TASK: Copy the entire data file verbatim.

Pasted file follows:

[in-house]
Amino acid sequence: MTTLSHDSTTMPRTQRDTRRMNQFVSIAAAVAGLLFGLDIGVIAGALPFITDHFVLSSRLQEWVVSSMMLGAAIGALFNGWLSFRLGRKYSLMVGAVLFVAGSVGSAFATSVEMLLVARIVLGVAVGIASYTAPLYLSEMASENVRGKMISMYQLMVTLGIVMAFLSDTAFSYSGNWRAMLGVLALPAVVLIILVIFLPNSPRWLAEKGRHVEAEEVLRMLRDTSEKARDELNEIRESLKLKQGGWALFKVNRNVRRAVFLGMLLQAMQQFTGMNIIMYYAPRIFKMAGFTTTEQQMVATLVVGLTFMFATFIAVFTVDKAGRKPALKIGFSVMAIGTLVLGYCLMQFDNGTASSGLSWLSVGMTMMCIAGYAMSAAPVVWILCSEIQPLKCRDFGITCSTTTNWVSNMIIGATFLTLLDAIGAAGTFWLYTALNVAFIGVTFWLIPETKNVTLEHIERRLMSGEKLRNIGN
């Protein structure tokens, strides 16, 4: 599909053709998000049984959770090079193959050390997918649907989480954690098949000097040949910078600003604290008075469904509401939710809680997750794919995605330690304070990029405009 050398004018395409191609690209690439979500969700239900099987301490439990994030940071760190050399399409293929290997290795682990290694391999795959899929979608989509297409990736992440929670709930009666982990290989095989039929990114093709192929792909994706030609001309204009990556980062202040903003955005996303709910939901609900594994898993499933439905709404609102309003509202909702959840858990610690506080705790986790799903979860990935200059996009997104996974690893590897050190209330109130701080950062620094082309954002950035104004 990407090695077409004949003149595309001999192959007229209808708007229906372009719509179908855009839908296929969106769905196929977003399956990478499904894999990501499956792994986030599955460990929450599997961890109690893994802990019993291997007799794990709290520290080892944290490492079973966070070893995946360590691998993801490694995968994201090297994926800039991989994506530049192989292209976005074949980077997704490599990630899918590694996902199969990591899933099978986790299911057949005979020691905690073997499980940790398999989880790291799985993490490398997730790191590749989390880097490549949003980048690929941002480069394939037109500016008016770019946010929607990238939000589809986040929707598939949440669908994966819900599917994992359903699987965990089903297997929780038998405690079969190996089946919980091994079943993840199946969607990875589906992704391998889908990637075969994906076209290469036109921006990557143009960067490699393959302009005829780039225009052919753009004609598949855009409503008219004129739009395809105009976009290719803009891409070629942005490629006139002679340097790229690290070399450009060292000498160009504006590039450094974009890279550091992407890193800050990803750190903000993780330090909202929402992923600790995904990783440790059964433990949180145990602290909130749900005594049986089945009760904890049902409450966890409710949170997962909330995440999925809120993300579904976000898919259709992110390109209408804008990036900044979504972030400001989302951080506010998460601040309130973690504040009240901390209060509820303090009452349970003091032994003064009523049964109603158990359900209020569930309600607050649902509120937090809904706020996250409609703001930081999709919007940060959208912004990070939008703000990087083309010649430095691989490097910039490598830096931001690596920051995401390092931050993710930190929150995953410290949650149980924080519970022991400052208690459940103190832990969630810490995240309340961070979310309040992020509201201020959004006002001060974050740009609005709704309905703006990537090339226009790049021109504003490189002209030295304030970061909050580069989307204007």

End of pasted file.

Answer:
[in-house]
Amino acid sequence: MTTLSHDSTTMPRTQRDTRRMNQFVSIAAAVAGLLFGLDIGVIAGALPFITDHFVLSSRLQEWVVSSMMLGAAIGALFNGWLSFRLGRKYSLMVGAVLFVAGSVGSAFATSVEMLLVARIVLGVAVGIASYTAPLYLSEMASENVRGKMISMYQLMVTLGIVMAFLSDTAFSYSGNWRAMLGVLALPAVVLIILVIFLPNSPRWLAEKGRHVEAEEVLRMLRDTSEKARDELNEIRESLKLKQGGWALFKVNRNVRRAVFLGMLLQAMQQFTGMNIIMYYAPRIFKMAGFTTTEQQMVATLVVGLTFMFATFIAVFTVDKAGRKPALKIGFSVMAIGTLVLGYCLMQFDNGTASSGLSWLSVGMTMMCIAGYAMSAAPVVWILCSEIQPLKCRDFGITCSTTTNWVSNMIIGATFLTLLDAIGAAGTFWLYTALNVAFIGVTFWLIPETKNVTLEHIERRLMSGEKLRNIGN
């Protein structure tokens, strides 16, 4: 599909053709998000049984959770090079193959050390997918649907989480954690098949000097040949910078600003604290008075469904509401939710809680997750794919995605330690304070990029405009 050398004018395409191609690209690439979500969700239900099987301490439990994030940071760190050399399409293929290997290795682990290694391999795959899929979608989509297409990736992440929670709930009666982990290989095989039929990114093709192929792909994706030609001309204009990556980062202040903003955005996303709910939901609900594994898993499933439905709404609102309003509202909702959840858990610690506080705790986790799903979860990935200059996009997104996974690893590897050190209330109130701080950062620094082309954002950035104004 990407090695077409004949003149595309001999192959007229209808708007229906372009719509179908855009839908296929969106769905196929977003399956990478499904894999990501499956792994986030599955460990929450599997961890109690893994802990019993291997007799794990709290520290080892944290490492079973966070070893995946360590691998993801490694995968994201090297994926800039991989994506530049192989292209976005074949980077997704490599990630899918590694996902199969990591899933099978986790299911057949005979020691905690073997499980940790398999989880790291799985993490490398997730790191590749989390880097490549949003980048690929941002480069394939037109500016008016770019946010929607990238939000589809986040929707598939949440669908994966819900599917994992359903699987965990089903297997929780038998405690079969190996089946919980091994079943993840199946969607990875589906992704391998889908990637075969994906076209290469036109921006990557143009960067490699393959302009005829780039225009052919753009004609598949855009409503008219004129739009395809105009976009290719803009891409070629942005490629006139002679340097790229690290070399450009060292000498160009504006590039450094974009890279550091992407890193800050990803750190903000993780330090909202929402992923600790995904990783440790059964433990949180145990602290909130749900005594049986089945009760904890049902409450966890409710949170997962909330995440999925809120993300579904976000898919259709992110390109209408804008990036900044979504972030400001989302951080506010998460601040309130973690504040009240901390209060509820303090009452349970003091032994003064009523049964109603158990359900209020569930309600607050649902509120937090809904706020996250409609703001930081999709919007940060959208912004990070939008703000990087083309010649430095691989490097910039490598830096931001690596920051995401390092931050993710930190929150995953410290949650149980924080519970022991400052208690459940103190832990969630810490995240309340961070979310309040992020509201201020959004006002001060974050740009609005709704309905703006990537090339226009790049021109504003490189002209030295304030970061909050580069989307204007």